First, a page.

But not so fast. Just look at what these mainline Protestants have championed: racial justice, equality for women, food stamps, rights for the disabled, reproductive choice and so forth. American law and society have embraced nearly every one of their issues down the line. We have largely become the inclusive, pluralistic society that these more liberal Protestant Christians envisioned.
Thomas sees the success of mainline churches as having inadvertently encouraged the growth of a spiritual-but-not-religious demographic. On the positive side, however, the churches’ embrace of gay rights and environmental concerns appeals to the young and unchurched. While not predicting a bright future for Episcopal, Lutheran, and other churches, he doesn’t rule out such a development.

Thomas is right to point out the societal transformations in which religious communities played an important role. That very success unleashes other forces that tend to undermine those communities, however. This can be seen most easily in the political sphere, where trends play out at an accelerated rate.

Barack Obama was catapulted into office by a widespread and intense desire for change—a desire for more liberal national policies by some and a desire for an alternative to the secrecy, deception, and insensitivity of the Bush administration by others. A year after he took office, however, President Obama has few legislative or diplomatic successes to his credit, though there is hope that, over time, he will indeed score significant achievements. But, for now, his approval rating is below 50%, and the Tea Party movement, which deplores every political development of the last hundred years, threatens to become a force to be reckoned with. This is an example of its being much easier to energize Americans with a throw-the-bums-out message than it is with a stay-the-course theme.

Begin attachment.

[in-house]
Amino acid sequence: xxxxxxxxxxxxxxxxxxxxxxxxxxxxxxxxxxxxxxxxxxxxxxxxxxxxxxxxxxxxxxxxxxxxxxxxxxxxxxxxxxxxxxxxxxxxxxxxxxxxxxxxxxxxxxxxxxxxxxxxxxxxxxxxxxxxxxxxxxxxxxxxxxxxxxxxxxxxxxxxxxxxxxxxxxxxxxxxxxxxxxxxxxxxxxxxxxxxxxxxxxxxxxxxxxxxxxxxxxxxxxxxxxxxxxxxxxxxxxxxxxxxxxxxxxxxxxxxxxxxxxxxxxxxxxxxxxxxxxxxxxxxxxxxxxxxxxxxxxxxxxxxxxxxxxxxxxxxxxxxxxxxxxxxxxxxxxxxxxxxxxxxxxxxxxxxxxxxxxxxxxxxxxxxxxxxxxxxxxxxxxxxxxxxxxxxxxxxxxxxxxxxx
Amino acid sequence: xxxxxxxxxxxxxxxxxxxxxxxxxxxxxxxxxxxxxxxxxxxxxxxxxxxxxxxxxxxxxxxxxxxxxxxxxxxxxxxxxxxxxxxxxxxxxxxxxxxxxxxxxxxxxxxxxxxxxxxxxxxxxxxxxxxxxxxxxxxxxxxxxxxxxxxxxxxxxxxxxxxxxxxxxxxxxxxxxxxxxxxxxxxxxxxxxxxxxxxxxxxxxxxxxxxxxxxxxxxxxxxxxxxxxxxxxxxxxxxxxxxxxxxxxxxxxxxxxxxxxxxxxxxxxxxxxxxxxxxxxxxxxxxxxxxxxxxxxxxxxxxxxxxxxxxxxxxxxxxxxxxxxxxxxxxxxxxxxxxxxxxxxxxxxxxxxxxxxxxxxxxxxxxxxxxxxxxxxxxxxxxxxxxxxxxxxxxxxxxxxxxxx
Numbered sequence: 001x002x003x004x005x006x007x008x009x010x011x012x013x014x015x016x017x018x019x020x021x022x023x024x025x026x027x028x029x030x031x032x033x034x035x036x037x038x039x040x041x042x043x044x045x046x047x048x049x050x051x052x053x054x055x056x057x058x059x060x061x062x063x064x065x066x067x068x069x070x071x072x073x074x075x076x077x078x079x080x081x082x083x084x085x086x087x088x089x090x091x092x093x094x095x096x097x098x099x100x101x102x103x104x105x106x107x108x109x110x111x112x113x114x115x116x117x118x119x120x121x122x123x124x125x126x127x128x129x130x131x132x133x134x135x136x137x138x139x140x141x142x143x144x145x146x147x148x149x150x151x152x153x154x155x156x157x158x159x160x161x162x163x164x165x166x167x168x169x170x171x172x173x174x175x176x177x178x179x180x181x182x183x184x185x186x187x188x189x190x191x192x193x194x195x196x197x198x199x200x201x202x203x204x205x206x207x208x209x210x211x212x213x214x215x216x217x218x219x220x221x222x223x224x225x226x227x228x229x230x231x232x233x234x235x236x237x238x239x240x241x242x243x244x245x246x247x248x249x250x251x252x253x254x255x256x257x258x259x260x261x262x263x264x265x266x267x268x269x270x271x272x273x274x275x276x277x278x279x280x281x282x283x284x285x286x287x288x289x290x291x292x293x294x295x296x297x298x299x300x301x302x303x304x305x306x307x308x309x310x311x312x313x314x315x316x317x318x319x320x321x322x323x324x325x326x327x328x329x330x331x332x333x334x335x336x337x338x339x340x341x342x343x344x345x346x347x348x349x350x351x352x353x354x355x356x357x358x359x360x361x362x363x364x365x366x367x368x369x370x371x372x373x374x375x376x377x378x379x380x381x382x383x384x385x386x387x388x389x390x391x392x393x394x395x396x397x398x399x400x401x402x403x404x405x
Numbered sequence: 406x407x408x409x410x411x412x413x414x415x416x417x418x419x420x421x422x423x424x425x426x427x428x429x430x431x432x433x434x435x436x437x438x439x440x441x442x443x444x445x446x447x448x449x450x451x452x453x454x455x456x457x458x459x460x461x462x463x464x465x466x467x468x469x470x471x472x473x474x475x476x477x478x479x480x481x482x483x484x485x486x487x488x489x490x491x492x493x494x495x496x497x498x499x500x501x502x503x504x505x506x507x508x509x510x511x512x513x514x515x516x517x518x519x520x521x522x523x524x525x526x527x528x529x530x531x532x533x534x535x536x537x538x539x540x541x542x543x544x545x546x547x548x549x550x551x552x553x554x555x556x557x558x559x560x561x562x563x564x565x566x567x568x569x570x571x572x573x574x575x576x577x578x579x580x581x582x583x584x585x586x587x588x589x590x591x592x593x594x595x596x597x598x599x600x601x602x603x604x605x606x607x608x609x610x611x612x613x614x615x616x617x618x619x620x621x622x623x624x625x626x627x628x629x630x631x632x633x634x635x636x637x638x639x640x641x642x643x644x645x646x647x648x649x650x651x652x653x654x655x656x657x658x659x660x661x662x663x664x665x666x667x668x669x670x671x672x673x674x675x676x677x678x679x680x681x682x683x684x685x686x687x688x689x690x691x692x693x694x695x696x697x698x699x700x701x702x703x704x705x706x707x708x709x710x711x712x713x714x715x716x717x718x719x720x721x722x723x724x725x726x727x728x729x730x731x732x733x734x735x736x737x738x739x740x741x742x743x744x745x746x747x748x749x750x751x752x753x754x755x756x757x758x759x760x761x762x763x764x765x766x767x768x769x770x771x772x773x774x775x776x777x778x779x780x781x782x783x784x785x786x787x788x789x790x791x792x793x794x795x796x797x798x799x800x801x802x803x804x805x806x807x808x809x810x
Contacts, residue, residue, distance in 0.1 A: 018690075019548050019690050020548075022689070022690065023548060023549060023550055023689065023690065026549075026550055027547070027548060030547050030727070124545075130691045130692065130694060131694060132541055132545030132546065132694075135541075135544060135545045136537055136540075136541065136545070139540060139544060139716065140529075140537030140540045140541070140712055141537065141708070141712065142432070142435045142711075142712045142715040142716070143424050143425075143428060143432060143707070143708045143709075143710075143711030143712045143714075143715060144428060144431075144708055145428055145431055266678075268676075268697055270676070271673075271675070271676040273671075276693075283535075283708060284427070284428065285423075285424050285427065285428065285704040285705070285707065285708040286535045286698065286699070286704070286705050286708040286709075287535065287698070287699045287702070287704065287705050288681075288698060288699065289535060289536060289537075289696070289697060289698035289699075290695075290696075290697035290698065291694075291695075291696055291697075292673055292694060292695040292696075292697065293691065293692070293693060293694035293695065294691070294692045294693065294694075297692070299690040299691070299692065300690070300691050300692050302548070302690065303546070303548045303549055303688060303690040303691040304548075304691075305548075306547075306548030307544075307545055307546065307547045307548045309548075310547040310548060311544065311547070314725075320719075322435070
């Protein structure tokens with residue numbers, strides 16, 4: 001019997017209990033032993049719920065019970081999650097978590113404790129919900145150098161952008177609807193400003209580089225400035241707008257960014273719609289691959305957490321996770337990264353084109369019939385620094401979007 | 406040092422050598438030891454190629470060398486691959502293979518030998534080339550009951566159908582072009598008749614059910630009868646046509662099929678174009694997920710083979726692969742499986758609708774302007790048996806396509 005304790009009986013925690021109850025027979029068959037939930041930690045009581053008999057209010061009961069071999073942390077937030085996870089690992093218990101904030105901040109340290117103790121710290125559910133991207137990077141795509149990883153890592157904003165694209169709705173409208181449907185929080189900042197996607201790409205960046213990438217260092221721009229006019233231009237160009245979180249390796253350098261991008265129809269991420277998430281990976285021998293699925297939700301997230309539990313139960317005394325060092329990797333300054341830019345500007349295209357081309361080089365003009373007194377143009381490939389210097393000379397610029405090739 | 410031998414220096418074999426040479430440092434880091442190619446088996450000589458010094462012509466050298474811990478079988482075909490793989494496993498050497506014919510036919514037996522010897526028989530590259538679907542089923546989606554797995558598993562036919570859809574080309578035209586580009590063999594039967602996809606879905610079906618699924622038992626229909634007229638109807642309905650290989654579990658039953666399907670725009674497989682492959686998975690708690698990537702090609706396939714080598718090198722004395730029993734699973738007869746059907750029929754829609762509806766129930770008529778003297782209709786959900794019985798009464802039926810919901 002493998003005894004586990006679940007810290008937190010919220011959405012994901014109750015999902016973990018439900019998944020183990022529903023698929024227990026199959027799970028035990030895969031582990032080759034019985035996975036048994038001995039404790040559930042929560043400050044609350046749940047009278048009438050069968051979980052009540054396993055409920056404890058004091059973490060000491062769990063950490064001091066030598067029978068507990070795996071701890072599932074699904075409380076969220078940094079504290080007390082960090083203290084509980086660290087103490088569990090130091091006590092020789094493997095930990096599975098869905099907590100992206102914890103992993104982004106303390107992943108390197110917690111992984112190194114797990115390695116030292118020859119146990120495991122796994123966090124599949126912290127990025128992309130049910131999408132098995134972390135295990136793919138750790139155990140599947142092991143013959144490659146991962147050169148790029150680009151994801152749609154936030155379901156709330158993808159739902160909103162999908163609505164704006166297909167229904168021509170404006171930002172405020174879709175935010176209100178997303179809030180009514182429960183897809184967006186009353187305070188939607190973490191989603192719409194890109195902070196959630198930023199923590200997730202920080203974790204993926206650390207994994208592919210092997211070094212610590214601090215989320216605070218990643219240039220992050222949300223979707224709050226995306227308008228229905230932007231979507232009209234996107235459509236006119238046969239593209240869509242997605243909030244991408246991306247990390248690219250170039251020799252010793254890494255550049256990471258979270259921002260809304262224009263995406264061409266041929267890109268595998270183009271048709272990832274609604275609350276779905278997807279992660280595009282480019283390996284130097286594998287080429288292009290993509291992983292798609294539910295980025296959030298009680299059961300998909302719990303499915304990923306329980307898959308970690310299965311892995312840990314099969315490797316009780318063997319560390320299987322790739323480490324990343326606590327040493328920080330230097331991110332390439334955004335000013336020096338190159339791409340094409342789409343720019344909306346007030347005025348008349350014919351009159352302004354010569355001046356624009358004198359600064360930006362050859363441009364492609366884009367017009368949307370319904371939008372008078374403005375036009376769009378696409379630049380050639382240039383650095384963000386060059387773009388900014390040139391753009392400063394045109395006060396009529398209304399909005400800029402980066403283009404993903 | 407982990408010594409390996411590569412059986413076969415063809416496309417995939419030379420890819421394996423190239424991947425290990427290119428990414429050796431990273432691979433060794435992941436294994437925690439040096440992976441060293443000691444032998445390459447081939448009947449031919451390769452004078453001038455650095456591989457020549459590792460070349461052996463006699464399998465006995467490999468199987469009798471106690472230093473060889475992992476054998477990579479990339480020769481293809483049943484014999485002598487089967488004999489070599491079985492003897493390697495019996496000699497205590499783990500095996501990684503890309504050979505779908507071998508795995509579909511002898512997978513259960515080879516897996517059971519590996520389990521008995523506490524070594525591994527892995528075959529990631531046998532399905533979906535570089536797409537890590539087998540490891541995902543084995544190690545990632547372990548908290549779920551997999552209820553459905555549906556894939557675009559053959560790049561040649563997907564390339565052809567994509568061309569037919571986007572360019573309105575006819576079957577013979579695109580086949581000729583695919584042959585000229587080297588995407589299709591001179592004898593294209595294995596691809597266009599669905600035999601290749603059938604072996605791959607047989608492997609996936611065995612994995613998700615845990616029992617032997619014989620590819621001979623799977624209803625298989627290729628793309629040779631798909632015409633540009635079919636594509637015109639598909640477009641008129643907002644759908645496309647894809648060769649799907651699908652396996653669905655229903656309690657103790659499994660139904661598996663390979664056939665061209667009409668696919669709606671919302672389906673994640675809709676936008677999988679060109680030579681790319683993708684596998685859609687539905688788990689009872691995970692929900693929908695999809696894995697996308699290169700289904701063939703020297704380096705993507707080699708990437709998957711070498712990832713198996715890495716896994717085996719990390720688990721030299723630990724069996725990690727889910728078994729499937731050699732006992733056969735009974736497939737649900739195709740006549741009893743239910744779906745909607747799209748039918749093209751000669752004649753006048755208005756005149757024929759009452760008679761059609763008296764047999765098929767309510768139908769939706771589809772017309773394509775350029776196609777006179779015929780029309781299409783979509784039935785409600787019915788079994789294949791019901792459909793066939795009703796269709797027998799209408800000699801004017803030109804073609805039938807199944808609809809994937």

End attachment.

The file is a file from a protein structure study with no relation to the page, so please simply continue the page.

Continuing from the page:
What has happened in The Episcopal Church has much in common with the current political scene. It is a lot easier to incite passion for a return to “the faith once delivered to the saints”—Anglicans Online recently suggested that this phrase usually means “the church one experienced in childhood”—than it is to maintain passion for an ongoing, long-term program of reform. The cry for “orthodoxy” in The Episcopal Church—now increasingly a cry from outside the church—comes from a reactionary movement that clings to a romantic view of the past because its adherents cannot abide either the inevitability or the uncertainty inherent in their view of the future.

The reactionary movement itself advocating a return to “orthodoxy” views things differently, of course, as can be seen clearly in a recent address by Archbishop Robert Duncan reported by David Virtue. (Don’t miss Mark Harris’s devastating critique of this confused speech.) According to Duncan,
This could be the Anglican Century in North America accountable to Scripture, Tradition, the Holy Spirit and the transformation of society. There has never been a movement so well positioned at the beginning of an era multiplying congregations fueled by the Holy Spirit. It is the Anglican moment and if we are faithful we should prove to be an Anglican century.